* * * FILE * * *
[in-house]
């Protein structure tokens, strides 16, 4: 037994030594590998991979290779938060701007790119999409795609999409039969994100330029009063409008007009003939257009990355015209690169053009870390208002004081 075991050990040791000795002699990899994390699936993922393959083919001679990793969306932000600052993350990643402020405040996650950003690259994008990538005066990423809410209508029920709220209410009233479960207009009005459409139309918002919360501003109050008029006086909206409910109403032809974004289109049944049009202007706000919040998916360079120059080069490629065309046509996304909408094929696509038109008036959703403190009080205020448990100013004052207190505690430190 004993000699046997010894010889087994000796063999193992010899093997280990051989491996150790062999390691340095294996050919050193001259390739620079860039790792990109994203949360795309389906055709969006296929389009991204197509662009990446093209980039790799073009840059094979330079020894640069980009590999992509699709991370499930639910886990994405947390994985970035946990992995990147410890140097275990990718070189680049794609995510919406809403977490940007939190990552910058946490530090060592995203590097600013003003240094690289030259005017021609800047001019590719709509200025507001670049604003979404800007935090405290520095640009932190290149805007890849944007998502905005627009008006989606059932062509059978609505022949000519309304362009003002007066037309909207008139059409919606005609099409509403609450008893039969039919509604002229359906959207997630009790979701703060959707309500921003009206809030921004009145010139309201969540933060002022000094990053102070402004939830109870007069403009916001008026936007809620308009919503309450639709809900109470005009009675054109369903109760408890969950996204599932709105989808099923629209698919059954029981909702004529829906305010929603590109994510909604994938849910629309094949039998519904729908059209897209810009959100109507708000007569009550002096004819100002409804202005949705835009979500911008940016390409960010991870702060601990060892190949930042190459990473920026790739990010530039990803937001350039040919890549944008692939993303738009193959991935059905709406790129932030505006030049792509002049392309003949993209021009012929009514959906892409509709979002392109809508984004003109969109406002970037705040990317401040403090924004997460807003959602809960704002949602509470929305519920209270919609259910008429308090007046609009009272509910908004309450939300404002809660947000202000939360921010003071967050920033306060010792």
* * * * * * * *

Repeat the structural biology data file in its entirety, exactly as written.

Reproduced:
[in-house]
């Protein structure tokens, strides 16, 4: 037994030594590998991979290779938060701007790119999409795609999409039969994100330029009063409008007009003939257009990355015209690169053009870390208002004081 075991050990040791000795002699990899994390699936993922393959083919001679990793969306932000600052993350990643402020405040996650950003690259994008990538005066990423809410209508029920709220209410009233479960207009009005459409139309918002919360501003109050008029006086909206409910109403032809974004289109049944049009202007706000919040998916360079120059080069490629065309046509996304909408094929696509038109008036959703403190009080205020448990100013004052207190505690430190 004993000699046997010894010889087994000796063999193992010899093997280990051989491996150790062999390691340095294996050919050193001259390739620079860039790792990109994203949360795309389906055709969006296929389009991204197509662009990446093209980039790799073009840059094979330079020894640069980009590999992509699709991370499930639910886990994405947390994985970035946990992995990147410890140097275990990718070189680049794609995510919406809403977490940007939190990552910058946490530090060592995203590097600013003003240094690289030259005017021609800047001019590719709509200025507001670049604003979404800007935090405290520095640009932190290149805007890849944007998502905005627009008006989606059932062509059978609505022949000519309304362009003002007066037309909207008139059409919606005609099409509403609450008893039969039919509604002229359906959207997630009790979701703060959707309500921003009206809030921004009145010139309201969540933060002022000094990053102070402004939830109870007069403009916001008026936007809620308009919503309450639709809900109470005009009675054109369903109760408890969950996204599932709105989808099923629209698919059954029981909702004529829906305010929603590109994510909604994938849910629309094949039998519904729908059209897209810009959100109507708000007569009550002096004819100002409804202005949705835009979500911008940016390409960010991870702060601990060892190949930042190459990473920026790739990010530039990803937001350039040919890549944008692939993303738009193959991935059905709406790129932030505006030049792509002049392309003949993209021009012929009514959906892409509709979002392109809508984004003109969109406002970037705040990317401040403090924004997460807003959602809960704002949602509470929305519920209270919609259910008429308090007046609009009272509910908004309450939300404002809660947000202000939360921010003071967050920033306060010792």